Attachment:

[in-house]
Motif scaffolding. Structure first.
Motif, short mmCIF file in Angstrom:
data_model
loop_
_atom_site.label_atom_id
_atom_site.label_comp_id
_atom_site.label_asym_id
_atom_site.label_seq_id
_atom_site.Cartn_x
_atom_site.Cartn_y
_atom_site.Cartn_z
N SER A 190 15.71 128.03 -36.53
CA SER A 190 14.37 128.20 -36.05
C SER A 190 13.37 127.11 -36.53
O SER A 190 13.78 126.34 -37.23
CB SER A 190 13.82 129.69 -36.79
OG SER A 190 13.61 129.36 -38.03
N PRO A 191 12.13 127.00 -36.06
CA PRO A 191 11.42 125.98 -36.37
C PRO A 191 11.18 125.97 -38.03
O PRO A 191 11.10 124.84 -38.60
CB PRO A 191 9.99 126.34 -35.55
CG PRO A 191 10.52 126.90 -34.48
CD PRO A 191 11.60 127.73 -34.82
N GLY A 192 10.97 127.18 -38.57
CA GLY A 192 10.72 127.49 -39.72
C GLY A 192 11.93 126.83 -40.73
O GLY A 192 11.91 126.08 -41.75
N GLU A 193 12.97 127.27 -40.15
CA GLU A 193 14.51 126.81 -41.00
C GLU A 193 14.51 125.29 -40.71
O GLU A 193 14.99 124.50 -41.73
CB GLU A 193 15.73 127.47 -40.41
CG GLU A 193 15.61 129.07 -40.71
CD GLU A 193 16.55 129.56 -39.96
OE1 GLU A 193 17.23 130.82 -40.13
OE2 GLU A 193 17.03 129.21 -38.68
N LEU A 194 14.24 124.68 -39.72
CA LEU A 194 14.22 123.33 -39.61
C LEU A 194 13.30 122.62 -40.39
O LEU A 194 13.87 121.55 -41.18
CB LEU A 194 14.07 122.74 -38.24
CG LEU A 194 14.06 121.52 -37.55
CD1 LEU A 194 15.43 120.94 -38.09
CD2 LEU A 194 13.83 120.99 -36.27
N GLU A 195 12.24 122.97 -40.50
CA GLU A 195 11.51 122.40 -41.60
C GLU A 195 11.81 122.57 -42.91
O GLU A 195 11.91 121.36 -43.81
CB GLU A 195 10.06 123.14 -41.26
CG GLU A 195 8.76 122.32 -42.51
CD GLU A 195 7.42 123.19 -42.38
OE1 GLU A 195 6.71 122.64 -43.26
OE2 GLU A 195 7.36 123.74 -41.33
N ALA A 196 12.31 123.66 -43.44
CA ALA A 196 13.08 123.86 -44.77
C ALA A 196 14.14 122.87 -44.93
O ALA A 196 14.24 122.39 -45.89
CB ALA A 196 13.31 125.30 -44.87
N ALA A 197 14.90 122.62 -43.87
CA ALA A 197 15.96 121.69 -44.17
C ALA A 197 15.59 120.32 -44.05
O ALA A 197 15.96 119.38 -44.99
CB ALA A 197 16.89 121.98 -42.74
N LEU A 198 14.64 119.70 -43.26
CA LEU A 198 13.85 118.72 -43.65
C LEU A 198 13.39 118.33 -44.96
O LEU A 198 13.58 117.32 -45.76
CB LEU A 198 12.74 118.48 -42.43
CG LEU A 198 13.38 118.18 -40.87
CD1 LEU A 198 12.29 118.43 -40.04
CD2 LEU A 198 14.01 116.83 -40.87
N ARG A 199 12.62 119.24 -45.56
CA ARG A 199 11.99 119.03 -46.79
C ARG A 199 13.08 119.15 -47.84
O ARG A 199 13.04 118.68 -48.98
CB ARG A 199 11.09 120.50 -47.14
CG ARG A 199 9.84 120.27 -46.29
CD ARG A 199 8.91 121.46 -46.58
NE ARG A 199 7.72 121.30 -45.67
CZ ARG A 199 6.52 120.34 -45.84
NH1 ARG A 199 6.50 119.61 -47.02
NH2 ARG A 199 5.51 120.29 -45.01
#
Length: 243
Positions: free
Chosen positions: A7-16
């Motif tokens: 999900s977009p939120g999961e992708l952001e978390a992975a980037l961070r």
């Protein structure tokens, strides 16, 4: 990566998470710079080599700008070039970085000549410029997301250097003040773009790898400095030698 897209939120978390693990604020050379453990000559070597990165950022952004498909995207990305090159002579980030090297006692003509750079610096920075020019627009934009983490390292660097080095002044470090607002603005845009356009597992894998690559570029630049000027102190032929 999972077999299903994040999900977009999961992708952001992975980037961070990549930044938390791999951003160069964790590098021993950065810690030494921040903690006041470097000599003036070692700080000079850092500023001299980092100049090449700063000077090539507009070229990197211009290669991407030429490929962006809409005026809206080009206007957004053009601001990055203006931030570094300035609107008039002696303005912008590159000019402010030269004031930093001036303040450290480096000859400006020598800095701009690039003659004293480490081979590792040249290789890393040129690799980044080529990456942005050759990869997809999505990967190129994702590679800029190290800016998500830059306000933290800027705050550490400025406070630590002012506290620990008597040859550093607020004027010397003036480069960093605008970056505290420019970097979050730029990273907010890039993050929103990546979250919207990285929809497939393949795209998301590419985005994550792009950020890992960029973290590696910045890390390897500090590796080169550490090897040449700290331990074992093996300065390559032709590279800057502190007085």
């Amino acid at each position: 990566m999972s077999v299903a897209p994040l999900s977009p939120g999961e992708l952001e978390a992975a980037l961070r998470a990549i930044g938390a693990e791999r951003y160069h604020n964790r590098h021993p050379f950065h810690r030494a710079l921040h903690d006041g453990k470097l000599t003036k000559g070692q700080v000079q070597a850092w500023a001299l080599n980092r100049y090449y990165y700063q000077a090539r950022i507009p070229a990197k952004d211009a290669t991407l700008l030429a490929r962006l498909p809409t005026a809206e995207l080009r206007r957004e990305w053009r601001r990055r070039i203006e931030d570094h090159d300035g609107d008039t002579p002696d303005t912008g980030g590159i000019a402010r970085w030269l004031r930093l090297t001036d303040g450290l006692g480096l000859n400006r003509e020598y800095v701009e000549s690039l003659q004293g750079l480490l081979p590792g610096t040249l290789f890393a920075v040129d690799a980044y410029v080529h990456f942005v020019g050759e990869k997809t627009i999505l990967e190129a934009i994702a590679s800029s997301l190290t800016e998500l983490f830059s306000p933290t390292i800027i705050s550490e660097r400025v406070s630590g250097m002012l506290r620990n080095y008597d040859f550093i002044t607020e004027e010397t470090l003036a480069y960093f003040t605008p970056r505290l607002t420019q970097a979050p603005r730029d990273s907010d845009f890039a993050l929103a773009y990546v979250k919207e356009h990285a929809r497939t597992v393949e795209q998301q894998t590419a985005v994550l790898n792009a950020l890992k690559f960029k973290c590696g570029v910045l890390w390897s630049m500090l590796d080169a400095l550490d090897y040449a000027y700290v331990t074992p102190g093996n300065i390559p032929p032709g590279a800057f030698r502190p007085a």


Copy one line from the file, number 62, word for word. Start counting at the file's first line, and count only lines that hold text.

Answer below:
CA ALA A 197 15.96 121.69 -44.17